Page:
Timothy Kinnit has just about everything going for him. Adopted as a baby into a wealthy family, he’s just finished Oxford. He’s in love with Julia Laurell, a beautiful young woman whose father is a major manufacturer (and wealthy). Tim and Julia are right on the verge of eloping.
And then the world turns upside down. Tim had always believed he was the illegitimate son of a Kinnit, and that turns out not to be the case. He goes looking for where he came from, and gets beaten up by a private detective. There appears to be a connection to the trashing of an apartment in the area of east London where Tim was likely born. And then the detective agency finds itself the victim of arson, and Tim is the prime suspect.
Enter Superintendent Charles Luke of Scotland Yard. And enter amateur detective Albert Campion.
In The China Governess, Golden Age mystery writer Margery Allingham (1904-1966) mixes an eccentric family, secrets buried in the past, disguised identities, a murder or two, and romance (it’s not an Allingham mystery novel without romance). The result is a fast-paced, entertaining mystery.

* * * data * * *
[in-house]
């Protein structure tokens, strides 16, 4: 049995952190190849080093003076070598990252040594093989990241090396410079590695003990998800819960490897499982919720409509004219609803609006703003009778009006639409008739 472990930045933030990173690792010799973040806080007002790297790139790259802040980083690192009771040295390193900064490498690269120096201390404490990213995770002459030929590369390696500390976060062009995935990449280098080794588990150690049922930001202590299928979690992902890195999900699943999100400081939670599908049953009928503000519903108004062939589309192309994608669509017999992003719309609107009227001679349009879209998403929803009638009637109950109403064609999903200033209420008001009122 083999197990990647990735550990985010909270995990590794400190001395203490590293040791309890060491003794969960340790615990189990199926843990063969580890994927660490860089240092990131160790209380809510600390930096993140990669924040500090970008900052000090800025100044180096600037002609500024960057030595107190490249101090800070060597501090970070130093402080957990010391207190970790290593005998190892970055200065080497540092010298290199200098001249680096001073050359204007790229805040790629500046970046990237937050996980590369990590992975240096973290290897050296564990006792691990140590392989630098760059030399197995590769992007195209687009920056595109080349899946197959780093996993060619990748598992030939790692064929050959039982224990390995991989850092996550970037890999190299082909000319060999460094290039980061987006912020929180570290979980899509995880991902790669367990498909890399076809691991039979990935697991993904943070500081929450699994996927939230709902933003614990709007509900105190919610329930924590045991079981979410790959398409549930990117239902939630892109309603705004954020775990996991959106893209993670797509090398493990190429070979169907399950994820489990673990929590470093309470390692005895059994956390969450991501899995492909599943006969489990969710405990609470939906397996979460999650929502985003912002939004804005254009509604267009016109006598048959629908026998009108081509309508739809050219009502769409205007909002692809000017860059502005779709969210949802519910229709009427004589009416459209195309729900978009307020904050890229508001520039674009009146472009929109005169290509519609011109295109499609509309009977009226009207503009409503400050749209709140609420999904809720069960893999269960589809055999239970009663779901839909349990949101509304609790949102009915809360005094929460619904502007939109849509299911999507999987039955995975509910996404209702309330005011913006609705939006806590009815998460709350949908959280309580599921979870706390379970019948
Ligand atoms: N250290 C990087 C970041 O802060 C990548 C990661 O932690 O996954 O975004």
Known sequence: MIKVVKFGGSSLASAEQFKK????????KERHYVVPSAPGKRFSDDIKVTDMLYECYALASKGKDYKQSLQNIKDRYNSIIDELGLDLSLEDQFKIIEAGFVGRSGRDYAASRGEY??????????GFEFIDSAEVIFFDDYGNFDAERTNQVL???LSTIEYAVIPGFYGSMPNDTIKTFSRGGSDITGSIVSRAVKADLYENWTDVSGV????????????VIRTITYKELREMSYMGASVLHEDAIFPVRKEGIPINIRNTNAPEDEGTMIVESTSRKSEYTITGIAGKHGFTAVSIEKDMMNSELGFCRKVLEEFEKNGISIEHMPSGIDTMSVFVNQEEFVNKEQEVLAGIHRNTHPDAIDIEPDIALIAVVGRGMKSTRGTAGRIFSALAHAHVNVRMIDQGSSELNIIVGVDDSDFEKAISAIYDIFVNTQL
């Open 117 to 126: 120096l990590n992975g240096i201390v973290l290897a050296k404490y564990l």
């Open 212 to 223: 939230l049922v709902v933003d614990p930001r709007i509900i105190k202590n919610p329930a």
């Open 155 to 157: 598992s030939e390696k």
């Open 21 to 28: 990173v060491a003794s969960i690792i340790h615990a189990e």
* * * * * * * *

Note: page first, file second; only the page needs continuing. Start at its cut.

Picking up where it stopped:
First published in 1963, three years before Allingham’s death, and set in the early 1960s, The China Governess isn’t the kind of English country manor murder mystery so popular during the Golden Age (1920s-1940s). There’s only one short scene that actually occurs in the country, and that happens early in the book. Most of the action is centered in London, which is still rebuilding after the blitz of 1940-1941. There are still relics of earlier houses, however, and the Kinnits’ Well House is one of them.
It’s an Albert Campion mystery, and Campion is the sleuth that helped make Allingham famous in her own lifetime. But the character who steals the show is Mrs. Broome, something of the housekeeper for the Kinnits’ country home who comes to London to help out at Well House. Almost Dickensian in character, Mrs. Broome is alternately funny, insightful, forgetful, and always highly protective. She is one of Allingham’s great characters.
The China Governess is a great treat, demonstrating that Allingham lost none of her detective writing abilities in her later books.
The Beckoning Lady by Margery Allingham
Top photograph: a London cul-de-sac much like the setting of Well House in The China Governess.